The area is at its most vibrant and colourful when the streets come alive with a carnival atmosphere during the annual Merchant City Festival (July/August). The Festival is a centre-piece of the city’s cultural calendar and presents some of the best Scottish and international art and entertainment and great family activities too.
“The Merchant City is the cultural heart of the city, where cultural and artistic entrepreneurs choose to base themselves, alongside the great food and drink offer in the area. The annual Merchant City Festival (MCF) is when all this vibrant energy bursts out in an international celebration of music, dance, street theatre, circus, design, food and drink. MCF surprises and delights and continues the tradition of the merchant city being where Glasgow interacts and exchanges with the world.“
Lorenzo Mele, Executive Producer, Merchant City Festival
Start your exploration in Royal Exchange Square, one of the city's most gracious urban spaces filled with great restaurants, cafes and upmarket retailers which surround the splendid neo-classical building that now houses the Gallery of Modern Art (GoMA).
Head further into Merchant City along Ingram Street, the exclusive fashion boulevard featuring Armani, Ralph Lauren, Mulberry, and Cruise to drop just a few famous names!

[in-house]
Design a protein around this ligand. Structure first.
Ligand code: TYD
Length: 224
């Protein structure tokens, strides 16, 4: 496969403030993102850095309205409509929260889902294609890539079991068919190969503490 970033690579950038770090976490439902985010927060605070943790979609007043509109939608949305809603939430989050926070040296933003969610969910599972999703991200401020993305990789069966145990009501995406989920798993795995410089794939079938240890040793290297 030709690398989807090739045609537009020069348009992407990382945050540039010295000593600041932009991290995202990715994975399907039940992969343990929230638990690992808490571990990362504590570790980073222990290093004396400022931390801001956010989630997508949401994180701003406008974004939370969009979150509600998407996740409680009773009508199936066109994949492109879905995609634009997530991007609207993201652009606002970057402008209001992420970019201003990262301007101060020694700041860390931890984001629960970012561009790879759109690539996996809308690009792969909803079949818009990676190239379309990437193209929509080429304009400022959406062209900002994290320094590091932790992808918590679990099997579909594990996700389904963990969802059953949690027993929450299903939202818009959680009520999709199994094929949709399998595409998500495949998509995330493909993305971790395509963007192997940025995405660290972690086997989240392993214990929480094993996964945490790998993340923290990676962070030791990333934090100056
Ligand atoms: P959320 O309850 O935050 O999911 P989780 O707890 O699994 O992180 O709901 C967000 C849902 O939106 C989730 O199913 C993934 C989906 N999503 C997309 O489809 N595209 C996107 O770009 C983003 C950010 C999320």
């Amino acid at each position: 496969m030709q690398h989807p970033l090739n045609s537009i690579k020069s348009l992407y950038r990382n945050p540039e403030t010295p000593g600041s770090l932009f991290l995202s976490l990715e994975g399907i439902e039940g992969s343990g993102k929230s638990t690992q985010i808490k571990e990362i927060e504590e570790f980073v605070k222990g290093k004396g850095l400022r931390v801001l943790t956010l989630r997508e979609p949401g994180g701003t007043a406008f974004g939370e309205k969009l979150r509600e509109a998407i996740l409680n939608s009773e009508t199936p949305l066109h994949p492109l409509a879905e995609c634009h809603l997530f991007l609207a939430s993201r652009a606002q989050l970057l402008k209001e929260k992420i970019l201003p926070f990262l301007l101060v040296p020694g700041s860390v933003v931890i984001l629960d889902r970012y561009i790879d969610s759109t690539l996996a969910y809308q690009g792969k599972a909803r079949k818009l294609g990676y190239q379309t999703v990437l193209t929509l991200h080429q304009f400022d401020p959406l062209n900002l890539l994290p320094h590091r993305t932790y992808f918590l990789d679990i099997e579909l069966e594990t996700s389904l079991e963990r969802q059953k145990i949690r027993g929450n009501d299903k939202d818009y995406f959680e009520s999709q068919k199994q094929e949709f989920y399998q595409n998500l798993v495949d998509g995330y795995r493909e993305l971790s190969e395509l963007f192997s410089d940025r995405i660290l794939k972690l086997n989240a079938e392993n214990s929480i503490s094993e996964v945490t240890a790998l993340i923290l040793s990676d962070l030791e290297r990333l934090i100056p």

Stop for a cocktail at The Corinthian Club and marvel at its elaborate interiors dating back to 1842. Past incarnations of this striking venue include the Union Bank and judiciary courts. Or be wowed by the grandeur of Hutchesons City Grill. Housed in a glorious Grade-A listed building the venue has three floors of decadent dining options.
Image: Hutchesons City Grill
The area is not known as the designer district for nothing with independent concept stores such as END, 18 Montrose, Walker Slater and Ryan James all showcasing their uniquely curated fashion and beauty brands. Other quirky shopping highlights include:
All that shopping is bound to work up an appetite and the Merchant City has an abundance of great spots.
Drinking and Dining
Miller Street is a popular haunt with the award-winning Paesano Pizza, TripAdvisor’s most highly rated Pizza restaurant in the UK in 2017, easily identified by the queue of eager weekend patrons - and the uber-stylish Spanish Butcher – a carnivore’s dream! Through a fairy-lit lane, you’ll also discover Virginia Court, a little courtyard which is occupied by a small but quirky selection of bars. Brutti Compadres has a Mediterranean inspired menu including a great selection of tasting plates while Cup Tearooms by day is a stylish café serving delicious afternoon teas then by night is transformed into Gin 71, a cool venue for craft gins and homemade tonics. You’ll also find the Gin Spa – be perfectly pampered with botanical oils and then enjoy a delicious G&T!
Image: Brutti Compadres, Virginia Court
Head further along Ingram Street to Candleriggs and Albion Street where you are literally spoiled for choice with the range of drinking and dining options available. Try Ingram Wynd, Guys or City Merchant for the best in Scottish flavours. KoolBa for top-notch, award-winning curries and The 13th Note and Mono for tasty vegan food.
For laid-back, traditional pubs, favourites include Babbity Bowster with its great beer garden perfect for the summer months, Blackfriars for real ales and live music and Rab Ha’s for top quality, warming pub grub and a cosy fire.
Merchant Square meanwhile, is an undercover courtyard and former merchant’s market which is now home to a further great selection of bars and restaurants. Be sure to stop by at the weekend to pick up some unique Glasgow gifts at their weekly craft and design fair.